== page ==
The next episode, “A Quick One, While He’s Away,” gives us our answer. BoJack doesn’t appear in this entire episode, and instead, we witness brief vignettes into the lives of everyone he’s manipulated, hurt, and betrayed over the course of the show. First, we see Kelsey Jannings, a film director who was fired because of BoJack’s misbehavior during a shoot. Once a prolific arthouse director, Kelsey is now stuck filming commercials and TV spots because of the black spots on her resume. Next, we check in on Gina Cazador, the actor BoJack attacked during a shoot; when a scene in her new show triggers those memories, she has a meltdown on-set and yells at the crew. Later, she loses a chance at a career-defining role because her coworkers label her as “difficult to work with,” unaware of her underlying trauma. And finally, the family of BoJack’s late costar, Sarah Lynn, continue to grieve her untimely death, completely unaware that BoJack covered up his presence and involvement in her final moments.

These brief glimpses exemplify BoJack’s “mock innocence.” He’s sought redemption for himself, without seeking reconciliation for those he’s hurt. He forgives himself without asking for forgiveness from his neighbor. He dons the as-seen-on-TV veneer of a redemption narrative, without doing the hard work of relational restitution. As O’Connor says, “What he has forgotten is the cost of it.”

And so, the final episodes of BoJack Horseman force its protagonist to reckon with the cost of redemption. BoJack’s deepest secrets are revealed, and his new life unravels before his eyes. He loses his new job as an acting professor, his house, his fortune, his reputation, his sobriety, his closest relationships, and in the final two episodes, he nearly loses his life. If it sounds overwhelmingly bleak, it’s because it is, and the show portrays every painstaking detail of BoJack’s fall from grace. In the show’s brilliant, surreal, and devastating penultimate episode, BoJack reunites with the dead, facing actual ghosts from his past and coming to grips with his own mortality.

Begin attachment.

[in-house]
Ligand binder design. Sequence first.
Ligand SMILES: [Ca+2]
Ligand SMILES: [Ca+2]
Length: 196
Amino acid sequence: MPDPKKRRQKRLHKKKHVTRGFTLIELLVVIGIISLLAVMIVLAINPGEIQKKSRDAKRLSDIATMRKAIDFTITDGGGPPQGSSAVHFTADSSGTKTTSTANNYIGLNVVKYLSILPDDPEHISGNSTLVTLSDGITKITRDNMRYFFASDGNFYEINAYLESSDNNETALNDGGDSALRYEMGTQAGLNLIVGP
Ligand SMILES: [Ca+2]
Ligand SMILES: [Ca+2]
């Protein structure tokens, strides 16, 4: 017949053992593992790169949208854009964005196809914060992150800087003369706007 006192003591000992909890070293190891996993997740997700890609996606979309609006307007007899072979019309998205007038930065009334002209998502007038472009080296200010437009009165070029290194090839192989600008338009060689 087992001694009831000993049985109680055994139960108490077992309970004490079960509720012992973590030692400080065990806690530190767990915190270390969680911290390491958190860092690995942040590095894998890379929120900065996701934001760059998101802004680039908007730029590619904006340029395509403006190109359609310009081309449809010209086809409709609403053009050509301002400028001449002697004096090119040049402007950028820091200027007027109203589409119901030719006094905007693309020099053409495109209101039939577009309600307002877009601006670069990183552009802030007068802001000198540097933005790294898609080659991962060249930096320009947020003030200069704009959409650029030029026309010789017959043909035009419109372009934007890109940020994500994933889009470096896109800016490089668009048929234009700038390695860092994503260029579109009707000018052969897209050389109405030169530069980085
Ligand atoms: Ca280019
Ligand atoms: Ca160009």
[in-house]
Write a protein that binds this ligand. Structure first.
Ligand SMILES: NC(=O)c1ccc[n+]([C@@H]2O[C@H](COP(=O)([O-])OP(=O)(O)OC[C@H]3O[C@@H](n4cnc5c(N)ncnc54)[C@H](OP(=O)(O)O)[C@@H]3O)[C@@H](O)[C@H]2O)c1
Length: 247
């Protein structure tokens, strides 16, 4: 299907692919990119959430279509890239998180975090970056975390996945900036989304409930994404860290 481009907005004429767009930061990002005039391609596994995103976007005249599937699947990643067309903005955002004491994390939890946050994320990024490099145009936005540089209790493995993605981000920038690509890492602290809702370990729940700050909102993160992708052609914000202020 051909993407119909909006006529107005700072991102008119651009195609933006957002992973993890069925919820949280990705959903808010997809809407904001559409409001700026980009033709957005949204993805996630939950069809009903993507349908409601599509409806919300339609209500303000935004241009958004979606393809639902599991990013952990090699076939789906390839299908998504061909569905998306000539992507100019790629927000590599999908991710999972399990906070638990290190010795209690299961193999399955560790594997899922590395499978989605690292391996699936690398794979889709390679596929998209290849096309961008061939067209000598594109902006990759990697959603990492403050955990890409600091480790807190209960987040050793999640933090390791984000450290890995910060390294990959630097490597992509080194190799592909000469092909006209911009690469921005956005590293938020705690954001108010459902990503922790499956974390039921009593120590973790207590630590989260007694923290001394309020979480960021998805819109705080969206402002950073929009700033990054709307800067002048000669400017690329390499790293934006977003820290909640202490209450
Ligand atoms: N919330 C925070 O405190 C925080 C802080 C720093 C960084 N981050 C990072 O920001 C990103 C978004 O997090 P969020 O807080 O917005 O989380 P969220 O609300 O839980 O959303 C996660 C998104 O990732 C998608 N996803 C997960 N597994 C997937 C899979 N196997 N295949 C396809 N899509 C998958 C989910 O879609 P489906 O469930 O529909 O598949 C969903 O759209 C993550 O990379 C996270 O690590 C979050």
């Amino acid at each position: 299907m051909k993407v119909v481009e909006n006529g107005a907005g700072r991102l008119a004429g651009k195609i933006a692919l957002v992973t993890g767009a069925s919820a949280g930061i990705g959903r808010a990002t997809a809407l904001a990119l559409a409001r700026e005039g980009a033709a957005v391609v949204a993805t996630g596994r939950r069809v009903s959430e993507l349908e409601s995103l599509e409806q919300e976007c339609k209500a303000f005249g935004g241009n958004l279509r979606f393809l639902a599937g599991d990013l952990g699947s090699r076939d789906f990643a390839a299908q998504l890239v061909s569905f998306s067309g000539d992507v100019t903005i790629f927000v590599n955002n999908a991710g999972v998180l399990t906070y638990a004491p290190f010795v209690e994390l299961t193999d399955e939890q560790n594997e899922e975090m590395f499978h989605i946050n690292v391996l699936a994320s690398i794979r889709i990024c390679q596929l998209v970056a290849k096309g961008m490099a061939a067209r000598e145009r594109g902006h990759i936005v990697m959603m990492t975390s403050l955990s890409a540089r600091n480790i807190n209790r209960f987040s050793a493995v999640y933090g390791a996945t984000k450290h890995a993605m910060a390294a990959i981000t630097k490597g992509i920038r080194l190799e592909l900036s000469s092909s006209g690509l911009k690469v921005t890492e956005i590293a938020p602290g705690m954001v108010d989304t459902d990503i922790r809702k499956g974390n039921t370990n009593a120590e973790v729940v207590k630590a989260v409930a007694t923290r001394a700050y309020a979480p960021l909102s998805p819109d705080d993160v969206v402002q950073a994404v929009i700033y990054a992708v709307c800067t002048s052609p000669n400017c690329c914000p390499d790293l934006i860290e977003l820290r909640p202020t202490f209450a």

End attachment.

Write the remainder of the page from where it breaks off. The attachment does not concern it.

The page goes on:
Yet, he who loses his life might just still find it, for when everything BoJack holds dear is stripped away, the show’s creators finally offer him a path forward. After nearly drowning in his pool during an overdose, BoJack’s life is saved, and he’s sent to prison for the trail of destruction he left in his wake. It’s within the cramped view of cell walls that BoJack finally learns to start looking beyond himself, running an acting clinic for the other inmates and taking his first steps toward seeking repentance from his loved ones.

And this is the truth that many overlook in O’Connor’s—and BoJack’s—stories. Though redemption in these tales is elusive, violent, and costly, it’s real. Possible. Available. And all the more substantial for what it has endured.

Am I good, or am I broken? And if I am broken, can I ever be made right? In the world of BoJack Horseman, the answer is yes: redemption is possible and available. For all his faults, BoJack is not irredeemable, and he’s shown to be capable of overcoming his past and rewriting his future. But the path to restoration is arduous, and you must be willing to relinquish all you hold dear. As Luke Harrington puts it, “There is no easy fix.”

But there’s a comfort in knowing there’s a fix at all. Liz Bruenig writes, “It can be hard to accept that this is just how grace works on fallen creatures: like a spiral, circling around you over and over again as you repeat the same mistakes, drawing nearer and nearer to your heart the longer you seek it. It isn’t that grace is ineffective or inefficient but that we are, being what we are, imperfect vessels for it. The miracle is that it works anyway.” God bless those miracles. God bless the BoJacks. God bless us all.